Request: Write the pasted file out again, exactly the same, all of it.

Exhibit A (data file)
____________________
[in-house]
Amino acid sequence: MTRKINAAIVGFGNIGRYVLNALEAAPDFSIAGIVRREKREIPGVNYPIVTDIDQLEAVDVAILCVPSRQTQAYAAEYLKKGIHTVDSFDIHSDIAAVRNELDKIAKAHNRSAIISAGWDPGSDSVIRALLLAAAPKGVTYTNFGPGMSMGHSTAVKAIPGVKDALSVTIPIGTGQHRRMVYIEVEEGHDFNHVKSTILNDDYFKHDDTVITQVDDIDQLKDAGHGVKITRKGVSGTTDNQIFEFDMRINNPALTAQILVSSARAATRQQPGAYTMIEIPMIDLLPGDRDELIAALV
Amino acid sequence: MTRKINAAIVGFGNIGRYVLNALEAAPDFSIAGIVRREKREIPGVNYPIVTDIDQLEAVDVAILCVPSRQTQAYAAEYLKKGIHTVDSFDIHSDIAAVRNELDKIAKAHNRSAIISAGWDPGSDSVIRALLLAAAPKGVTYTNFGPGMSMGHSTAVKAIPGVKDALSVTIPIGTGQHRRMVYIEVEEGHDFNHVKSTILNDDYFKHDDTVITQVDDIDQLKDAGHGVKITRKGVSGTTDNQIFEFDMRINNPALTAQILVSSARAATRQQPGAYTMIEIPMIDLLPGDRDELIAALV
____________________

[in-house]
Amino acid sequence: MTRKINAAIVGFGNIGRYVLNALEAAPDFSIAGIVRREKREIPGVNYPIVTDIDQLEAVDVAILCVPSRQTQAYAAEYLKKGIHTVDSFDIHSDIAAVRNELDKIAKAHNRSAIISAGWDPGSDSVIRALLLAAAPKGVTYTNFGPGMSMGHSTAVKAIPGVKDALSVTIPIGTGQHRRMVYIEVEEGHDFNHVKSTILNDDYFKHDDTVITQVDDIDQLKDAGHGVKITRKGVSGTTDNQIFEFDMRINNPALTAQILVSSARAATRQQPGAYTMIEIPMIDLLPGDRDELIAALV
Amino acid sequence: MTRKINAAIVGFGNIGRYVLNALEAAPDFSIAGIVRREKREIPGVNYPIVTDIDQLEAVDVAILCVPSRQTQAYAAEYLKKGIHTVDSFDIHSDIAAVRNELDKIAKAHNRSAIISAGWDPGSDSVIRALLLAAAPKGVTYTNFGPGMSMGHSTAVKAIPGVKDALSVTIPIGTGQHRRMVYIEVEEGHDFNHVKSTILNDDYFKHDDTVITQVDDIDQLKDAGHGVKITRKGVSGTTDNQIFEFDMRINNPALTAQILVSSARAATRQQPGAYTMIEIPMIDLLPGDRDELIAALV